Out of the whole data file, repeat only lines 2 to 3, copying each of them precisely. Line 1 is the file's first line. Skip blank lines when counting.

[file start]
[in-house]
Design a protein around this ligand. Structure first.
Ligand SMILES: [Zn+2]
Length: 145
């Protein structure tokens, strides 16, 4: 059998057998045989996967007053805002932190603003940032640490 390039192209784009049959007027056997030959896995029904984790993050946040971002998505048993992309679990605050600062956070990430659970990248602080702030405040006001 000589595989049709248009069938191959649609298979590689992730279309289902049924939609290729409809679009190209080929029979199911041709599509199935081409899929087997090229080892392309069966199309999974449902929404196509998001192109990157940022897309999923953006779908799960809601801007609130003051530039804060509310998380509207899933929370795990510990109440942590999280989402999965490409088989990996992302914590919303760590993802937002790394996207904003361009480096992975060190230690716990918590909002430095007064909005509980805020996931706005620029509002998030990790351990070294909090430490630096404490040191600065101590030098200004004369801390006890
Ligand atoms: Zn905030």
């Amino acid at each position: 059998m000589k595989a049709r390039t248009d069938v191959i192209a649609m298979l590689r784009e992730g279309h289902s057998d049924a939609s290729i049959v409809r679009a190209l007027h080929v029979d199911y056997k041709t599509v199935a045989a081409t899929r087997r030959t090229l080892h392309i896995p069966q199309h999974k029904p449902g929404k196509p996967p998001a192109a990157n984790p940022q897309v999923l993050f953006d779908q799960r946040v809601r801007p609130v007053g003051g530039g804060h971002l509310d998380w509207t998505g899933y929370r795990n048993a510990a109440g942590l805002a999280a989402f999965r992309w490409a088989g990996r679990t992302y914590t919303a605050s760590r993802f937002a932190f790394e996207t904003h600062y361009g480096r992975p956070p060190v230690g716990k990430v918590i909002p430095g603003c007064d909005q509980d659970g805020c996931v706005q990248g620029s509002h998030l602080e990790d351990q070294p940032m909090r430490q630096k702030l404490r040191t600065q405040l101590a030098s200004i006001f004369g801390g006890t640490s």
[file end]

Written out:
Design a protein around this ligand. Structure first.
Ligand SMILES: [Zn+2]